- Continuous Improvement of the ACT Test
- Enhanced Reporting
- Enhancements to the Writing Test
- Online Testing
- Optional Constructed-Response Questions
- ACT Test Prep
Continuous Improvement of the ACT Test
Is the ACT® changing?
As was announced in spring 2013, and in keeping with our standard practice, we are making some adjustments to the ACT based on evidence from our ACT National Curriculum Survey® and to reflect changes in the education market. We consistently conduct research to ensure our test content continues to reflect classroom instruction and is a relevant predictor of college and career readiness. The ACT will continue to be a curriculum-based achievement test. We have no plans to make major changes, as we don’t see any need for that. Our goal is continuous improvement, and we are planning some modifications to better meet the needs of students and schools. Any changes will be made in a thoughtful and gradual way. Our evidence-driven approach is what keeps the ACT grounded in research, yet continually relevant—the gold standard in college and career readiness assessment—without the need for radical or sweeping changes.
What is changing about the ACT?
We announced the following modifications in spring 2013:
- For the ACT State and District testing program we will provide:
- The option of computer-based administration of the ACT
- The introduction of optional constructed-response computer-based testing tasks in mathematics, reading, and science—offered alongside the existing optional Writing Test—assessing whether students can justify, explain, and use evidence to support claims
- The addition of questions on the Reading Test that address whether students can integrate knowledge and ideas across multiple texts
- The inclusion of additional statistics and probability items in the Mathematics Test to allow for reporting of student achievement in this area
We are now providing more information about progress toward these changes and announcing the following additional enhancements:
- Additional reporting to include STEM score, career readiness indicator, English Language Arts score, text complexity indicator, and reporting categories consistent with college and career readiness language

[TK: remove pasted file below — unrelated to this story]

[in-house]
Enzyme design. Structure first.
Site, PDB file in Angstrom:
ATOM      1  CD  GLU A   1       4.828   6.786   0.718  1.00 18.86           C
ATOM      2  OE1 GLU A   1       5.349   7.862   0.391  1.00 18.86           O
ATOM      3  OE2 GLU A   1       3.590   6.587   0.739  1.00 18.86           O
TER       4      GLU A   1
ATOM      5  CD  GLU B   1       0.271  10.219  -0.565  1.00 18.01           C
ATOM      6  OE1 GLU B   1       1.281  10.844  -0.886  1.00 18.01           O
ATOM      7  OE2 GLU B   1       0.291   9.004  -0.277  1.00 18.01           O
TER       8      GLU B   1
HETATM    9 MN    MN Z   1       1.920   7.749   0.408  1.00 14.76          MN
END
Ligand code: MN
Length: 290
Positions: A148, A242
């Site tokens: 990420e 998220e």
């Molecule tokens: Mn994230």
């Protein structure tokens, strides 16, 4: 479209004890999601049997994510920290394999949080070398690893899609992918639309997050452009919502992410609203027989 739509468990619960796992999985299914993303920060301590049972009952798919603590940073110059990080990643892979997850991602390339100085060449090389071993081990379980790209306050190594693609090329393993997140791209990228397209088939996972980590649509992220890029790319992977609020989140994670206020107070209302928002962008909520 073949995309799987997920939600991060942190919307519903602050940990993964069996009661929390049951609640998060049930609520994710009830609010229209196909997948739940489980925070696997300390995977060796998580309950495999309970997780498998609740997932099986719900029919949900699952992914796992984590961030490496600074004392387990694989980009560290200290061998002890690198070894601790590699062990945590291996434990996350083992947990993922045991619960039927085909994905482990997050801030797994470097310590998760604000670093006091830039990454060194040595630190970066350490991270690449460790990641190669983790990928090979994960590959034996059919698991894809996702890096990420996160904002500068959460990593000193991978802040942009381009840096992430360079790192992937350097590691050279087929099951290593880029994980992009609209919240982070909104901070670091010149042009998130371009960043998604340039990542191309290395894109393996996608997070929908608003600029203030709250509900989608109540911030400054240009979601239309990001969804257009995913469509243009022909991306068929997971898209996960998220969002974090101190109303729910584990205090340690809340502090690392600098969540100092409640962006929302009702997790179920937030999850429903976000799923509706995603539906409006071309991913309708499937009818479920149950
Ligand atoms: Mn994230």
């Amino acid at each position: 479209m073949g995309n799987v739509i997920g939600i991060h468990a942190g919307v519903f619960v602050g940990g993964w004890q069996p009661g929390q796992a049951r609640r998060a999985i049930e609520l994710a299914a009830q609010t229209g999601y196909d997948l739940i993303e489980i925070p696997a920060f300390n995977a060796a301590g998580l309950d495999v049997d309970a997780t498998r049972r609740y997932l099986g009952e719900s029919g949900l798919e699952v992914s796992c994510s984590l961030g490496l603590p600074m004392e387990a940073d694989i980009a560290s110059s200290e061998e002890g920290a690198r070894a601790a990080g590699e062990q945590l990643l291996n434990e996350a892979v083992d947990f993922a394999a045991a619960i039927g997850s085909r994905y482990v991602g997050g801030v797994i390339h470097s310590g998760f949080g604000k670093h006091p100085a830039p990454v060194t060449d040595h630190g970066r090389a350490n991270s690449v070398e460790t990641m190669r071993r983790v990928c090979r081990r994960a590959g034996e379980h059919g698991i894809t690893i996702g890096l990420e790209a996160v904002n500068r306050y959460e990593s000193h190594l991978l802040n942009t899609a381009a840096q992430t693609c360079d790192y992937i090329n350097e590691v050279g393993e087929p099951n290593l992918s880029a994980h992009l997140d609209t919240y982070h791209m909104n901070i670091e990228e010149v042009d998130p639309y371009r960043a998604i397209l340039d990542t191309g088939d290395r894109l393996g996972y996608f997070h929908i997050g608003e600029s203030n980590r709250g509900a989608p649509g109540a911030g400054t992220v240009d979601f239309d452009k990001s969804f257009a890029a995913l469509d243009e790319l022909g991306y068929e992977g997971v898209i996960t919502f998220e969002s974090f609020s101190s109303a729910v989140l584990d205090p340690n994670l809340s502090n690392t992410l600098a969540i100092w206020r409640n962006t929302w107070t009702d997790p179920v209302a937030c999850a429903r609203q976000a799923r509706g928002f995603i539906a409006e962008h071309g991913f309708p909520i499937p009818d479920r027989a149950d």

- Enhanced Writing Test based on the newly developed ACT writing competency framework that provides results in four domains
While the enhancement and evolution of the ACT continue and additional scores will be provided, the ACT will remain a curriculum-based achievement exam, and the well-respected 1-to-36 score scale will not change.
Are you changing the ACT tests or just deriving new scores from the same tests?
Consistent with our continuous improvement approach, we continue to update the ACT tests as dictated by research and evidence. The new STEM and English Language Arts scores, and Text Complexity Progress and Career Readiness Indicators are not based on significant redesigns of the tests. Instead, the new measures are derived to give additional insights into critical aspects of college and career readiness.
Will the new scores and reporting categories affect longitudinal research?
Research based on the 1–36 subject test and composite scores will continue to be relevant and will not be affected. The additional reporting categories and indicators will enhance our ability to look at additional aspects of student performance over time.
Will students’ test-taking experience change?
As has always been the case, changes to the overall testing experience will be subtle, and most students will not recognize much difference in the selected-response questions, even if they have tested previously. Depending on the specific subject, changes may more obvious (e.g., changes in the Writing Test will be obvious). And, of course, the addition of the new optional constructed-response tests in math, reading, and science will be obvious.
ACT will continue to update the tests we develop each year to be in line with current research. Some students report noticing those updates year to year and others do not. ACT will continue to provide information in our free test preparation materials each year to reflect any changes to the test experience in the next academic year. It will remain, however, that the best preparation for the ACT has been and will continue to be taking rigorous courses in English, math, social studies, and science.
We heard there will be new ACT scores. Does that mean you are changing the 1–36 scale for the ACT?
The familiar 1-to-36 score scale used on the ACT will not change. We will be providing additional scores and indicators to give students, parents, and educators more detailed information so they may better plan for future success.
Why are you moving to reporting categories?
There will be an expanded number of reporting categories compared to the current subscore categories, and breakdowns will be provided for every subject. The reporting categories are based on the ACT College Readiness Standards and are aligned to the Common Core State Standards.